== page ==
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India's current bull market is mirroring the trend of the one in 2003-08 and may even have more legs, global financial firm Morgan Stanley has said in a report.
After hitting a high of above 15,900 in the previous week, the Nifty was trading around 15,600 in the afternoon, a fall of about 2 percent.
"The ongoing bull market compares well with history. If this bull market is reminiscent of that in 2003-08, as we think given a likely fresh earnings cycle, it has more legs to it," the report said.
India has outperformed emerging markets (EM) in each of the previous five bull markets with an average outperformance of 52 percent versus 23 percent for this bull market, Morgan Stanley said. It expects India to continue to outperform in the coming months as well.
"Given depressed earnings, P/B is a better metric than P/E for comparisons, in our view. The ongoing bull market started at a similar multiple as historically. The current P/B of 3.6 times compares with an average peak of 5.2 times," it said.
Morgan Stanley defines a bull market as when the index doubles from its trough. India has had six bull markets, including the present, over the past three decades.
"If we exclude the 2003-08 bull market, the average duration of the other four bull markets is 72 weeks, compared with 64 weeks for the ongoing one. Given our view of a likely new profit cycle, the 2003-08 bull market duration may be the template for the ongoing bull market," Morgan Stanley said.
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It sees further upside in the immediate 12 months but believes the pace of gain may be slow.
"The average weekly return of 1.6 percent is still less than what we have seen in other bull markets and tells us that the apparently rapid pace of equity returns in the current bull market is nothing unique. The volatility of this weekly return at 3 percent is not different from history,” said Morgan Stanley.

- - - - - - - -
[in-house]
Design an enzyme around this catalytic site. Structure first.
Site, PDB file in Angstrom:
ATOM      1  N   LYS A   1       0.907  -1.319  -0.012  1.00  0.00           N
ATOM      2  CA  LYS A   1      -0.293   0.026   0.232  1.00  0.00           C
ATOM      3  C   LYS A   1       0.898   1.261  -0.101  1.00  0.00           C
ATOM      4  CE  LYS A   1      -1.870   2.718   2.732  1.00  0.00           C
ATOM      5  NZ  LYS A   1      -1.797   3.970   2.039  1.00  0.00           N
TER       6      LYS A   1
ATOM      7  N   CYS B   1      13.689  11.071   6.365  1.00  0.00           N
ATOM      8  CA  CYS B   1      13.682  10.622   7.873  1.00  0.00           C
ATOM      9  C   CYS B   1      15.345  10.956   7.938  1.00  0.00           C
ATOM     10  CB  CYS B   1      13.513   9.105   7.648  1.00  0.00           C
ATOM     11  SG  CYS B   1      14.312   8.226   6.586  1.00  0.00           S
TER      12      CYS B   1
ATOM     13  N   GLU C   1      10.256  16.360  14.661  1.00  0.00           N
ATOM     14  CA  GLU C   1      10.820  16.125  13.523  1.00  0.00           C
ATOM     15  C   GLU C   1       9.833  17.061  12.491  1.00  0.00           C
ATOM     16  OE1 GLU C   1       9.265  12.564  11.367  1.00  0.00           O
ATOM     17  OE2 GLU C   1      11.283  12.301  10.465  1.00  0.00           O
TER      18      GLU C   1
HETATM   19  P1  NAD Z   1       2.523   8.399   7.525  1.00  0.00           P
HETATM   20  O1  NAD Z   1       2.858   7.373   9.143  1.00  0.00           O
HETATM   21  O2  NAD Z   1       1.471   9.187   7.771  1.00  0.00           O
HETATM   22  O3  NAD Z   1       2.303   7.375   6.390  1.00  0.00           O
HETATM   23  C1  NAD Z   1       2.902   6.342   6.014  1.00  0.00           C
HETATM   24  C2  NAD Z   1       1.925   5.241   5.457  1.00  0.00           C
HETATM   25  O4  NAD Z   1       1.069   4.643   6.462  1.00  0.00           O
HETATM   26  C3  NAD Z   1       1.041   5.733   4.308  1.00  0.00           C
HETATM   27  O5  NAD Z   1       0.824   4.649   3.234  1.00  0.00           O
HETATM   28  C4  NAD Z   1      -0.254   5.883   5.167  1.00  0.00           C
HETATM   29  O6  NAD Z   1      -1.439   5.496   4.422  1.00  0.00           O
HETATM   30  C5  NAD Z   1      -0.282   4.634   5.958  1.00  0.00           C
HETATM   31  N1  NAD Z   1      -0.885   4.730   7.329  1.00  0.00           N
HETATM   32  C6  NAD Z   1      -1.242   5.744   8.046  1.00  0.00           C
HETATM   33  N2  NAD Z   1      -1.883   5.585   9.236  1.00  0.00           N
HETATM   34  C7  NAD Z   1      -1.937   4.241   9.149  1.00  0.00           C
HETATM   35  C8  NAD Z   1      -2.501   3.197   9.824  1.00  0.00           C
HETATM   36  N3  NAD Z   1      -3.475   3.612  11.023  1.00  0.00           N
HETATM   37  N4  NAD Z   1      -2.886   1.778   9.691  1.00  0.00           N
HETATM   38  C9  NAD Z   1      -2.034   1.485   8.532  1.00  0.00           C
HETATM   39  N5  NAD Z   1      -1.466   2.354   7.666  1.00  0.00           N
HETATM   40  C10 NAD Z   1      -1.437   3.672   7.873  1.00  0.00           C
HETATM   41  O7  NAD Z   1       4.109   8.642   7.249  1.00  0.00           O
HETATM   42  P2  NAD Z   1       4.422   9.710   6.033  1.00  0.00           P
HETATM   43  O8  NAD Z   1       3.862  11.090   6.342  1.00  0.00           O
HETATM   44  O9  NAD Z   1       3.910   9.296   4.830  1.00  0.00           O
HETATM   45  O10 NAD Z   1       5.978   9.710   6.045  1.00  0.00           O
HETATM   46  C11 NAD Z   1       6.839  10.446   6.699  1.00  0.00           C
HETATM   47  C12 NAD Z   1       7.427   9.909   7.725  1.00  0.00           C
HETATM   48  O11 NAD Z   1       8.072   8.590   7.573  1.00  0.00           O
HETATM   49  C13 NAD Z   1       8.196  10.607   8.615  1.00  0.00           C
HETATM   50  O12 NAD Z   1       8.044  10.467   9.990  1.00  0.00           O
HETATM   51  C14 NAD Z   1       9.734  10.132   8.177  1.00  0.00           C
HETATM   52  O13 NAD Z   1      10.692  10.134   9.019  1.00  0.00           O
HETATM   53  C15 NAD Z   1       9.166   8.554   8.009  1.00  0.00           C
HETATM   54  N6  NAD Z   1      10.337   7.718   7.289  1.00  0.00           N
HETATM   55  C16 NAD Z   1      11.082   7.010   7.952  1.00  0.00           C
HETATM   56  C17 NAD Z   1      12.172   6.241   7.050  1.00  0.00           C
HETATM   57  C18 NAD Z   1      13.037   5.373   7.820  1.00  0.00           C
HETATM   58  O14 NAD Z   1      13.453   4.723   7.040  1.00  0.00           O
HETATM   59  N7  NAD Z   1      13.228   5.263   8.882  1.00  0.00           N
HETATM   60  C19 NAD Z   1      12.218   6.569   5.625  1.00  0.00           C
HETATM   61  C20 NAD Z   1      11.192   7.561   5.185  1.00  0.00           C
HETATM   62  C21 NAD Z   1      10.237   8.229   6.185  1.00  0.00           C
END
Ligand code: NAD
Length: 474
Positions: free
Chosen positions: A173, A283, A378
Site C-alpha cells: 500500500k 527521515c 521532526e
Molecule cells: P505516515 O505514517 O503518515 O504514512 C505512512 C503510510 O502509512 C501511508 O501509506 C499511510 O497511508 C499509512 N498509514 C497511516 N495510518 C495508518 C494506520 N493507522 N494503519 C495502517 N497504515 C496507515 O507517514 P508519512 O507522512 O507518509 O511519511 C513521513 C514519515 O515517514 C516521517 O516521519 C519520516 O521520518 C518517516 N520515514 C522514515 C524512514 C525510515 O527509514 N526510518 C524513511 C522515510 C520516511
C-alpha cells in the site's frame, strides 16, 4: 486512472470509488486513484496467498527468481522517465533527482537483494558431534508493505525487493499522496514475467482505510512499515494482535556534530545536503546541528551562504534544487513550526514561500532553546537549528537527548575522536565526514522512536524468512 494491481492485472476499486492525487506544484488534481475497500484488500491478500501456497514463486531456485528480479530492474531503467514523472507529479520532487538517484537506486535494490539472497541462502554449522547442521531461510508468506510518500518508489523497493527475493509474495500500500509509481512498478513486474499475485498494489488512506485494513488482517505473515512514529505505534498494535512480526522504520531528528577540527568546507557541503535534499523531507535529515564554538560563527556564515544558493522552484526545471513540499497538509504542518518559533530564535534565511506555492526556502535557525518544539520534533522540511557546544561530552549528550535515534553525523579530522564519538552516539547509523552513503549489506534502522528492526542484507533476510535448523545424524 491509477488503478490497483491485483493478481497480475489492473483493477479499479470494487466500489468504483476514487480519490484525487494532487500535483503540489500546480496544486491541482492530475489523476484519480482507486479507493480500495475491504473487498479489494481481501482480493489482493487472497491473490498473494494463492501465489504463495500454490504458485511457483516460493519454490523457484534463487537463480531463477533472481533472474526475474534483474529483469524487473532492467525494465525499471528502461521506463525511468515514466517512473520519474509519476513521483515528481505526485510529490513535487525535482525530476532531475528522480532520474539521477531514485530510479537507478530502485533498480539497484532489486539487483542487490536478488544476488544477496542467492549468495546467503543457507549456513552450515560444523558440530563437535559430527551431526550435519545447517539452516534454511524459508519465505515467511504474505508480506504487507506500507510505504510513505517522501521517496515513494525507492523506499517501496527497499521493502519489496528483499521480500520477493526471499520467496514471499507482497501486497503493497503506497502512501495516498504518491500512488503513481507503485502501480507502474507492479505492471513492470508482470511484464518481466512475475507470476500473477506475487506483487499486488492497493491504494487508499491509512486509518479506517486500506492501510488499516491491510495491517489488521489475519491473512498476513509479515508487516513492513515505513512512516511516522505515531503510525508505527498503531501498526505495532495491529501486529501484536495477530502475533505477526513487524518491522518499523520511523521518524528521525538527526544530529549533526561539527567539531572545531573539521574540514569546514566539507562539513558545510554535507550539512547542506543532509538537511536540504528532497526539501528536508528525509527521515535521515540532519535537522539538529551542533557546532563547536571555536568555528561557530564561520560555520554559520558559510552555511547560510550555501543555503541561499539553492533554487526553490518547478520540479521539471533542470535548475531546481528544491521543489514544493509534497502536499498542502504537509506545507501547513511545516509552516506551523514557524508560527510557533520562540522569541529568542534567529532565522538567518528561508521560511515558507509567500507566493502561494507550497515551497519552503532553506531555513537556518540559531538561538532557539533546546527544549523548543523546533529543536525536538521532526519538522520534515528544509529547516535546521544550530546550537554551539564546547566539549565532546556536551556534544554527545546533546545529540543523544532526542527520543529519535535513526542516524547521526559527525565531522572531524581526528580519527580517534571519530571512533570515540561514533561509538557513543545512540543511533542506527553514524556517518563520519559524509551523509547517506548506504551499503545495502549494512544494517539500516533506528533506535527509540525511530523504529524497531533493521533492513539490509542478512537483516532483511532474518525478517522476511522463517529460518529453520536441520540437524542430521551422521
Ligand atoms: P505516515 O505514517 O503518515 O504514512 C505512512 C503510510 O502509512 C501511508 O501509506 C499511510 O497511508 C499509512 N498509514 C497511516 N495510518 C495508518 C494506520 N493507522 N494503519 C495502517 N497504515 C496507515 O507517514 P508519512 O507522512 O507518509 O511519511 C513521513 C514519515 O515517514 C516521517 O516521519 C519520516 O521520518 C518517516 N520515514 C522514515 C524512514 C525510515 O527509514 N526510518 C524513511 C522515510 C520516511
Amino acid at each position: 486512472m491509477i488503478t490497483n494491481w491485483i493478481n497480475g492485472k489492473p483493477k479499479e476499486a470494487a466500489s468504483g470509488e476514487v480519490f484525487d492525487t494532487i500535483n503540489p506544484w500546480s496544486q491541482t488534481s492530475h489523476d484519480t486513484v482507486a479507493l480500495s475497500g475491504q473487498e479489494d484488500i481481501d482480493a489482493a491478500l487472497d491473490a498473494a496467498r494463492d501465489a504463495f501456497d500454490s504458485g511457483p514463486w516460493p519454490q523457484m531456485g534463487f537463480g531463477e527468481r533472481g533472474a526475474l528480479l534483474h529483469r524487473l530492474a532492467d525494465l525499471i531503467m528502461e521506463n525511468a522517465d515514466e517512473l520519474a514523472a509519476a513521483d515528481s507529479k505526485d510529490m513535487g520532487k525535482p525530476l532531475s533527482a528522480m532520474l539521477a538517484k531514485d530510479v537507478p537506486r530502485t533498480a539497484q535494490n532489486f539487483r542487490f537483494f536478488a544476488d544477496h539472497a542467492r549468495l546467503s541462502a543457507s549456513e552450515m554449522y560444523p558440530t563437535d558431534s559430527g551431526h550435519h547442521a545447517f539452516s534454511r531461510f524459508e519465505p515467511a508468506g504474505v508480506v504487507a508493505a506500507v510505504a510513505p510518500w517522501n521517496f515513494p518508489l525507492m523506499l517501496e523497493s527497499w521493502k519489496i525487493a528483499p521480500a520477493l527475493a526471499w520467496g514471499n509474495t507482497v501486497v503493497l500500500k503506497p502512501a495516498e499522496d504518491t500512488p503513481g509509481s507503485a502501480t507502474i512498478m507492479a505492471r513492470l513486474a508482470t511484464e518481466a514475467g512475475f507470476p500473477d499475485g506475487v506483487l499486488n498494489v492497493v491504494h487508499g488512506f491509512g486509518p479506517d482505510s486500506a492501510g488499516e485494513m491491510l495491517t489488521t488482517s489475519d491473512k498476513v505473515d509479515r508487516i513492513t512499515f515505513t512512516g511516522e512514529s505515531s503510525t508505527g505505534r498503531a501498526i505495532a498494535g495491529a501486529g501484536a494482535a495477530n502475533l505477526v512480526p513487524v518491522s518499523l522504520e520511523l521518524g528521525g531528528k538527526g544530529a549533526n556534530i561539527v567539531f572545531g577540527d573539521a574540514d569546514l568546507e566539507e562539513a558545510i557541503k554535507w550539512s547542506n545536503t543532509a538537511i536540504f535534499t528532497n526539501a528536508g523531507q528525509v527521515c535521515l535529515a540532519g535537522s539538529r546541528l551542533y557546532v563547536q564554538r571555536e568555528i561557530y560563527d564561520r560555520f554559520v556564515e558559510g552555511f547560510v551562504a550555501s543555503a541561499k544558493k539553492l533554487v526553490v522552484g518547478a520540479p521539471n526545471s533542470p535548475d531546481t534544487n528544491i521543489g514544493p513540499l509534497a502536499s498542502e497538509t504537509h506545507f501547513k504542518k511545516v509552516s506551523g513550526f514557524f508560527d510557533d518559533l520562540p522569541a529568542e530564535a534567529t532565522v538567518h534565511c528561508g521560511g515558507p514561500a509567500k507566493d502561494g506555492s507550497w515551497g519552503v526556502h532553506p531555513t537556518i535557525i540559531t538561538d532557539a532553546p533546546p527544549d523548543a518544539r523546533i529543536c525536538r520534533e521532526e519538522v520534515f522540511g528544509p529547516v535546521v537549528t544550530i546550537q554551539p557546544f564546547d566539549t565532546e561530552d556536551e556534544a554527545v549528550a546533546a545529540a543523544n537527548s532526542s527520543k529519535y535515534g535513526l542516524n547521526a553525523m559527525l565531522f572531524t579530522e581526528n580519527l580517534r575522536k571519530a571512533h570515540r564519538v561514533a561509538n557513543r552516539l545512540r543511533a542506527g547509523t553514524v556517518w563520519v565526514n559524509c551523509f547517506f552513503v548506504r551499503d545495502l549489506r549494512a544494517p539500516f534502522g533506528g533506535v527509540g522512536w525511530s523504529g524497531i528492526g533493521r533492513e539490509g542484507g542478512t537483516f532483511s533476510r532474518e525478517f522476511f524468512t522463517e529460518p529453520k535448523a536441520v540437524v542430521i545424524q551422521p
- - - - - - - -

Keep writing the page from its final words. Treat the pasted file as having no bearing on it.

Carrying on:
For the coming year, its top picks are consumer discretionary, industrials and financials.
Consumer staples are underperforming, whereas materials, industrials and consumer discretionary (all cyclical) are the top three performing sectors.
The underperformance of financials is an outlier, usually a top three sector (could be due to composition changes), Morgan Stanley said.
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"We are still in the early stages of the equity issuance cycle and they could rise anywhere between three to five times average market cap before this bull market ends," said Morgan Stanley.
Earlier in the day, in an interview to CNBC-TV18, renowned investor Rakesh Jhunjhunwala said India's bull market will continue and inflation was transitory.
"Investors should not be fearful of the market as a whole merely because of small corrections," he said.
Drawing a parallel with the 2004-08 bull market, Jhunjhunwala said the ongoing rally would last for decades.
Jhunjhunwla said he was bullish on the Indian market as the economy was going to see healthy growth.
"The economy is at a take-off stage. We went through an NPA cycle and we went through a lot of changes such as Jan Dhan, IBC, RERA, reforms in mining, labour and farm laws. Indian is on a threshold of good and long economic growth. The structural change that is happening in the Indian economy is coming to the fore," Jhunjhunwala said.
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